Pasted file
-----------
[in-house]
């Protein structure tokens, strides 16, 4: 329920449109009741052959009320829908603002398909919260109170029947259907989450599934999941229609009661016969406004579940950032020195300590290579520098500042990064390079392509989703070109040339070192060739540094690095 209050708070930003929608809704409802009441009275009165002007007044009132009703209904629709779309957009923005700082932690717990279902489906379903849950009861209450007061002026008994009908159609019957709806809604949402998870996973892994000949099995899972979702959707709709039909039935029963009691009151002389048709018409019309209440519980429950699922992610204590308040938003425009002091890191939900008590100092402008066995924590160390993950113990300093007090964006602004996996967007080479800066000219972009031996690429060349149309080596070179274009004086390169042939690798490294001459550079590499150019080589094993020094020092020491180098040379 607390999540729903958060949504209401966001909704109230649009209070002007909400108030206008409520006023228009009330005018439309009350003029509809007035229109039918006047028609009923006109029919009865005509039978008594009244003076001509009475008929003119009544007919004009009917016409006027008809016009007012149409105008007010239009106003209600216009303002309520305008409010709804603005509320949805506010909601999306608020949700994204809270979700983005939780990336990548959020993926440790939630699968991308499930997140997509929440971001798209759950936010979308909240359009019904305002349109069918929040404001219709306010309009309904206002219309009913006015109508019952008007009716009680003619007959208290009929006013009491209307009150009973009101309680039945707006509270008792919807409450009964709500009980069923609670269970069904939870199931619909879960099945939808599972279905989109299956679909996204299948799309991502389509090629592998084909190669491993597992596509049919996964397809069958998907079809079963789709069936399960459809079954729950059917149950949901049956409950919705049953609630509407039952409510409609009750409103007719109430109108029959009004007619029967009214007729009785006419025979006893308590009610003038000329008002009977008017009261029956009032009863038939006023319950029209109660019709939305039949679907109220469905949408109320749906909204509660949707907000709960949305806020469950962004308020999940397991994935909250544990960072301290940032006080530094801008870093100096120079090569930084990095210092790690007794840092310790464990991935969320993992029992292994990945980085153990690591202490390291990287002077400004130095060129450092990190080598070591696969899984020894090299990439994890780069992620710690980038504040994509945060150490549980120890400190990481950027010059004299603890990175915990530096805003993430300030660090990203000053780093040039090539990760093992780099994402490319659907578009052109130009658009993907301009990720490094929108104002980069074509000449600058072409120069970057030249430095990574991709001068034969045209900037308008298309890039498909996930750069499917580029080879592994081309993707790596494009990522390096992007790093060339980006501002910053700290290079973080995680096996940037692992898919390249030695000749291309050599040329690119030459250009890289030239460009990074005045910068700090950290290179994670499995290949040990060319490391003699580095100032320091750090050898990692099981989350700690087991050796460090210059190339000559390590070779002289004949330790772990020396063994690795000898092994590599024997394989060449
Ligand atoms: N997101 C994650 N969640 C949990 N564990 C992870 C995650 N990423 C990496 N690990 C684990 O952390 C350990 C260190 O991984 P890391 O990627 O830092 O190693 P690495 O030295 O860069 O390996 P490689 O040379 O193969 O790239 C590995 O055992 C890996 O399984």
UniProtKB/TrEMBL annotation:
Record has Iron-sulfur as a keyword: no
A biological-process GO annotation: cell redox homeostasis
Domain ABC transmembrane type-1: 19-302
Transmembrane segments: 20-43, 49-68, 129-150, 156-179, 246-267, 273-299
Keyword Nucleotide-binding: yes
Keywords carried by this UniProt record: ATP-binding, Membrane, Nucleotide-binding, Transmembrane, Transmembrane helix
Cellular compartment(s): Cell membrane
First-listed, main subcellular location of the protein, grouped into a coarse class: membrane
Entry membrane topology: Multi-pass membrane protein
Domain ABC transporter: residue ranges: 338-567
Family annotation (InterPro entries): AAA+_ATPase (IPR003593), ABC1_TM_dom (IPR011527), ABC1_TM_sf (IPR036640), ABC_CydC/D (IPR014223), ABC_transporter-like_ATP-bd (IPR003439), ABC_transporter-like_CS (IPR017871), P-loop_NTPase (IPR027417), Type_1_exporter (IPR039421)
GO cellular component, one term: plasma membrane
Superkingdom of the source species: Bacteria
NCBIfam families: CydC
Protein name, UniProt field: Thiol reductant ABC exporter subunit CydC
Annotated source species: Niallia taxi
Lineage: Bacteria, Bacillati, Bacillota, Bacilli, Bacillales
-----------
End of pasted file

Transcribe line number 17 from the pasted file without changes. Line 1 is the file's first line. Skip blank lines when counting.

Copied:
Superkingdom of the source species: Bacteria